On Monday evening I return home from work to find my flat cleaned and my clothes ironed and put away. I don’t have a partner and the housework isn’t performed by wee people out of the pages of Grim’s Fairytales. As with a growing number of professionals I employ a cleaner. On the few occasions I’m at home when my cleaner comes to clean I’m filled with a mixture of thoughts and emotions. On the one hand I want to relax reading a book, watching television etc, however, on the other I feel a sense of guilt that a fellow human being is busily stripping my bed, vacuuming the carpets etc while I have my feet up. Why should I feel this way? I don’t experience the same feelings when a lady or man serves me at the check out in my local supermarket so why should I experience this twinge of guilt when my cleaner comes to clean?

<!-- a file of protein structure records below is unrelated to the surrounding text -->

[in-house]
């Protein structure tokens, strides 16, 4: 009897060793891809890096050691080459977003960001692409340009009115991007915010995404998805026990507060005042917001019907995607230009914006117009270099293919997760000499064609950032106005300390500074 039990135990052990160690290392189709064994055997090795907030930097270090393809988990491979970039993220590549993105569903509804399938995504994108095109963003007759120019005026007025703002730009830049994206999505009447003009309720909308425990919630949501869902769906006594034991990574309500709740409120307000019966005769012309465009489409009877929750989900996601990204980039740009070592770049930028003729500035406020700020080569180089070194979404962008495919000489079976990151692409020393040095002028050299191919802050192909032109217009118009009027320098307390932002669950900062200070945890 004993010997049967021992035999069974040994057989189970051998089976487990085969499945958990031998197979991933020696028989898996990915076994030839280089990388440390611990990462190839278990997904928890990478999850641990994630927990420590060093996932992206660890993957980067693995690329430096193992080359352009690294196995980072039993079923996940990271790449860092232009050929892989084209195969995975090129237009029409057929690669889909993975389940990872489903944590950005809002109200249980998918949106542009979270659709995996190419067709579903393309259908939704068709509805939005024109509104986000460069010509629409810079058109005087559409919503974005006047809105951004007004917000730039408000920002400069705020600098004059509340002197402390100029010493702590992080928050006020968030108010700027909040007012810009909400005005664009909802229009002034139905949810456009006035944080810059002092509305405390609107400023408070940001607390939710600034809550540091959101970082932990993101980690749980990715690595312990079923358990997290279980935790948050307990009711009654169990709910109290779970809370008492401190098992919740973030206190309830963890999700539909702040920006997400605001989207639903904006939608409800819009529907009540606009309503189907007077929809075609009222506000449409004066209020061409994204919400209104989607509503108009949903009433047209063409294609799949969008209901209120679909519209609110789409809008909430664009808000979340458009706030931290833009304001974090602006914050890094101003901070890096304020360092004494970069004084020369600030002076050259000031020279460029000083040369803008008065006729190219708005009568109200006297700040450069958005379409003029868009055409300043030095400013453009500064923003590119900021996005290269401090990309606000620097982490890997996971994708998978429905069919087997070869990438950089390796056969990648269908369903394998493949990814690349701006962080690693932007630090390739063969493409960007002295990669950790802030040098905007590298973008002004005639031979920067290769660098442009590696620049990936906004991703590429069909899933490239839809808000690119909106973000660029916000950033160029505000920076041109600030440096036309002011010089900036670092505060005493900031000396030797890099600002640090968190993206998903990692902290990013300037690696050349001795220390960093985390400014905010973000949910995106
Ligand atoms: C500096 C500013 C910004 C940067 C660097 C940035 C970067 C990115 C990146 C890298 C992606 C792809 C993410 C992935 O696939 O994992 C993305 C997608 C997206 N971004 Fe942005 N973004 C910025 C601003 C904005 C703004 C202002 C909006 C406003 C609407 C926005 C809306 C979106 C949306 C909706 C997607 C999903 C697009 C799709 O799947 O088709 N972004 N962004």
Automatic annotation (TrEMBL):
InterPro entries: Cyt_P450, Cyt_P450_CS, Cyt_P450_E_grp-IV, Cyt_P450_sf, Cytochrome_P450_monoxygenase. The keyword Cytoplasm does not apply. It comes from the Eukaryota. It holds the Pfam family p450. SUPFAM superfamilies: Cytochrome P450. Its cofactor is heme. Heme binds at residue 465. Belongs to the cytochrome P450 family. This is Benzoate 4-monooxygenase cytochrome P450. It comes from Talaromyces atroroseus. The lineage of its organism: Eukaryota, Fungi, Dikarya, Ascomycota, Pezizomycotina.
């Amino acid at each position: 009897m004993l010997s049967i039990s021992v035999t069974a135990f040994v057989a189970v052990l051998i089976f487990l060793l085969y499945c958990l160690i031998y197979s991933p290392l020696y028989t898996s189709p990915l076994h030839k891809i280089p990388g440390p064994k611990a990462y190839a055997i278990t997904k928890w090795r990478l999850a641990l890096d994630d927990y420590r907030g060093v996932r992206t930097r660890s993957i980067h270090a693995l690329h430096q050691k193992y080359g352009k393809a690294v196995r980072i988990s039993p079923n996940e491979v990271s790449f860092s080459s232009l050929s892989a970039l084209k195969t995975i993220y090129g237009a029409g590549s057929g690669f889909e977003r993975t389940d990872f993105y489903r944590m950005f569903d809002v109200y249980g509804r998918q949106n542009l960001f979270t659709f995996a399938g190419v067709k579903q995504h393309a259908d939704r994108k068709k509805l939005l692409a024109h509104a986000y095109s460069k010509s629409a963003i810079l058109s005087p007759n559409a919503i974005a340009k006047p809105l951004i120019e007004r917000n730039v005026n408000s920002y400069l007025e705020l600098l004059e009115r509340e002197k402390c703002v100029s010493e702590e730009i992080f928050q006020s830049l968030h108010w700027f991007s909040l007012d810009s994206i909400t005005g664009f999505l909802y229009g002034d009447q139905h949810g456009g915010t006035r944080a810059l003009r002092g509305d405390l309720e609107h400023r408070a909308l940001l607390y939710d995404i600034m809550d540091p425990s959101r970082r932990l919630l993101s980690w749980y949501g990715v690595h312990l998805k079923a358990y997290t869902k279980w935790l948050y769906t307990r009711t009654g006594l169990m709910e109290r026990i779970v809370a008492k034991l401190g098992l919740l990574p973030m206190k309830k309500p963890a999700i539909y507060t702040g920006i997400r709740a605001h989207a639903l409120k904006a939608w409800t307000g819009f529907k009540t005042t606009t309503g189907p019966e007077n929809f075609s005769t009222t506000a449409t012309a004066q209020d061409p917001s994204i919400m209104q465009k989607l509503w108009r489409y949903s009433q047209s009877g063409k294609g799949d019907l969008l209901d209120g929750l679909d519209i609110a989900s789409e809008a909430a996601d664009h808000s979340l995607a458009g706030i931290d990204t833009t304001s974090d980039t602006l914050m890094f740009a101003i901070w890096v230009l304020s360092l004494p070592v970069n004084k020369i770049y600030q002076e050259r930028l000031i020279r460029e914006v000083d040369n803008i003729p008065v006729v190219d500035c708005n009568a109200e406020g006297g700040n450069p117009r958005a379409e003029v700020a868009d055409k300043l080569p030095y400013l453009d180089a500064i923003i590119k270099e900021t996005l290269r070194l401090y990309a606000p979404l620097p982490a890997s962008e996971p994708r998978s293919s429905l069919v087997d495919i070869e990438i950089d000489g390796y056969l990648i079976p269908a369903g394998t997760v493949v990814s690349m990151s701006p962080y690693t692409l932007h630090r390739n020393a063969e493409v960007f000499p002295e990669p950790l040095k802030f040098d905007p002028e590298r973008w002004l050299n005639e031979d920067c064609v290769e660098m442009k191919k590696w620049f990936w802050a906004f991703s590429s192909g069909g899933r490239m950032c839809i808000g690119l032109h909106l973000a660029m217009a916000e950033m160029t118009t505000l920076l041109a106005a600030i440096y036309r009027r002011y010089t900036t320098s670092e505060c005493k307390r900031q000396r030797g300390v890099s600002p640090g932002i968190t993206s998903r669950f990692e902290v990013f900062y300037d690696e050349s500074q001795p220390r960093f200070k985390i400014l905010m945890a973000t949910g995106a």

My home is my private space, the place in which I relax and unwind after a hard day’s work. There is a small part of me which feels that I should be fully responsible for my home and do my own housework. Shades of Upstairs Downstairs (a television programme showing an upper class household in the late 19th and early 20th centuries¬† swim before my eyes). Unlike the fictional household portrayed in Upstairs Downstairs I don’t employ a whole bevy of servants, just the one cleaning lady who cleans for me, for 3 hours a week. In Upstairs Downstairs the relationship between the upper class household and their servants (the latter group living downstairs) is paternalistic and hierarchical. The servants have their own eating area (the servant’s hall) and would never dream of eating with the upper class household. My relationship with my cleaner is wholly different. I will, if I am at home offer her coffee or tea and make us both a drink. I don’t regard her as a lesser human being due to her work and yet I feel this nagging doubt, from time to time at the back of my mind regarding the ethics of the situation. At a logical level this is ilogical. If my toilet gets blocked I will call out a plumber to fix the problem and feel no guilt whatever about doing so. Why then should I feel a twinge of conscience merely because I employ a cleaner? The answer is I shouldn’t. In the unlikely event that I inherit a vast sum of money I would move to a big house and employ not only a cleaner but a gardener to keep the place in good order. Employing someone to clean your home isn’t wrong provided that you treat them with respect and pay a decent wage. Having said that I will no doubt continue to experience those twinges of guilt the next time I’m at home and my cleaner comes to clean.